Got aches, stomach pains, asthma or sprains? You just might benefit from “cupping,” an ancient health practice whereby cups are used to create suction on the surface of the skin. Similar in some respects to acupuncture, cupping therapy is believed to stimulate blood flow and alleviate pain by many alternative medicine specialists.
In recent years, this alternative therapy has enjoyed a resurgence in popularity, thanks in no small part to celebrities such as Jennifer Aniston (above), Gwyneth Paltrow, Jessica Simpson, AnnaLynne McCord and David Arquette, many of whom can be seen sporting the large suction marks from the procedure in recent photos. But is cupping just another Hollywood trend or is this alternative health practice something we should be trying?
According to licensed acupuncturist Jordanna Dworkin of InTouch NYC, cupping therapy has very real health benefits. She believes, along with many alternative practitioners, that cupping can reduce swelling and pain by improving blood flow and “qi,” a type of life energy believed to be important to health by many Chinese cultures. It’s especially beneficial for those “with phlegm congestion in the lungs, aches and pains along the back body, and abdominal cramping — especially the kind related to PMS woes,” she says.
A typical cupping session, as Dworkin explains, would start with a discussion between the client and practitioner. After determining the best course of treatment, the acupuncturist would strategically place cups (usually made of glass, plastic or bamboo) on specific acupuncture points and “regions of the body requiring an unblocking of stagnant qi and blood.” A vacuum is then created within the cups, either by utilizing a hand pump or the more traditional method of heat, in which a flame is briefly introduced into the cups before being placed on the skin. This suction is maintained for 15 to 20 minutes, drawing blood to the areas where it’s needed most, she says. Sliding cup therapy, in which the cups are used in conjunction with oil and moved across the body’s meridians (paths connecting acupuncture points), can also be implemented at this point.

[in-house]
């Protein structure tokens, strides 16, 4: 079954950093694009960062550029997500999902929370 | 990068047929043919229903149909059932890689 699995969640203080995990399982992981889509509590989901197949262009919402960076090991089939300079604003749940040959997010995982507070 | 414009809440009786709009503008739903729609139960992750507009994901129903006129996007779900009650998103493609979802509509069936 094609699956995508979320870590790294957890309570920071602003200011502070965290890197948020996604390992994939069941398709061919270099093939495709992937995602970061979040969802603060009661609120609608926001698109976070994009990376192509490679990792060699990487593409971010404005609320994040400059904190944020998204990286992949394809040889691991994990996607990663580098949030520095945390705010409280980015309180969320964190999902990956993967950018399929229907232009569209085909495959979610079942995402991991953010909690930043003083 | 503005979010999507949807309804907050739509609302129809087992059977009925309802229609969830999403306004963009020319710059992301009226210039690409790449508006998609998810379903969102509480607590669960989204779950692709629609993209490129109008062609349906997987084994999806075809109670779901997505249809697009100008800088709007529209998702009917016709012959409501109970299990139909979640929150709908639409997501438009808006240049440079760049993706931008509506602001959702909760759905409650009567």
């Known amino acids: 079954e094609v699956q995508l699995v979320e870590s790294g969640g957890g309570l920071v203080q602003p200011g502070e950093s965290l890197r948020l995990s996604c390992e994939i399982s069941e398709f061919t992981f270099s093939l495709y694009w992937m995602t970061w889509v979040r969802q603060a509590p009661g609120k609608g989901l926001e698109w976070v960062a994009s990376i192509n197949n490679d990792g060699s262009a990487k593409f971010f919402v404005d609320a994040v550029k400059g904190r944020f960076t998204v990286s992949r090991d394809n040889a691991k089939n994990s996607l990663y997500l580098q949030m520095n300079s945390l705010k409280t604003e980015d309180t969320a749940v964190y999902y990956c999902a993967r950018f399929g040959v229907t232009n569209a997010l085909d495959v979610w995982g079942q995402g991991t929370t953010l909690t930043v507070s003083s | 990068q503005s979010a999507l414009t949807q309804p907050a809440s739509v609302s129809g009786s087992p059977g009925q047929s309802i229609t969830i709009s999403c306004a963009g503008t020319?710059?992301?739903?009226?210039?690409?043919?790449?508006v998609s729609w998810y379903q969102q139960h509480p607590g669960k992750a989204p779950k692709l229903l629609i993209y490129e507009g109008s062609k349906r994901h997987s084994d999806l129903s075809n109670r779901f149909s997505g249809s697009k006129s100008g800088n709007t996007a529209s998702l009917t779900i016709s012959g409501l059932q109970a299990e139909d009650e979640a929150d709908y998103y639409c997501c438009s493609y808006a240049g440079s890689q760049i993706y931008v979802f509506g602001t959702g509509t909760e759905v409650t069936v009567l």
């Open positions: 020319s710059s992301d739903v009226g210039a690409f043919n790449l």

“Relief will last for several days to one week,” claims Dworkin, “but additional treatments may be required for more chronic conditions.” Dworkin adds that there are no real side effects, other than the large, dark marks left behind from the suction of the cups, which can also last for as long as a week.
Costs for this type of procedure vary at different offices, but a typical half-hour session at InTouch NYC is $50 (including a light tui na massage afterward) to upwards of $100 when combined with acupuncture.
But before you go spending your money on a treatment, know that some doctors believe cupping therapy to be less than effective.
“I would label cupping in the category of a placebo effect,” says Marc K. Siegel, MD, an associate professor of medicine at the New York University School of Medicine. And while Siegel acknowledges that cupping might have physiological effects on the body (i.e. drawing blood to the skin through bruising or massaging), he believes there are better ways to get the same effect. “It’s a waste of time, it’s a waste of money,” he concludes.
On the other hand, Siegel believes that acupuncture, which is sometimes practiced in conjunction with cupping, has many valid uses. “It’s based on real science,” says Siegel. “Acupuncture has many uses, and several of them are musculoskeletal,” he continues, detailing how acupuncture can be an effective treatment for back pain, among other ailments. “I think it’s widely overused,” he clarifies, “but in the areas where it has actual uses, it may be underused.”
Both Dworkin and Siegel, however, would agree there’s no real harm in cupping therapy other than the bruises it leaves on your torso (which, as Dworkin points out, are proudly worn by trend-setting celebrities nowadays). So, if you think cupping is something you’d like to try, research a practitioner in your area and schedule an appointment — and remember to bring a long-sleeved sweater to your session.Comment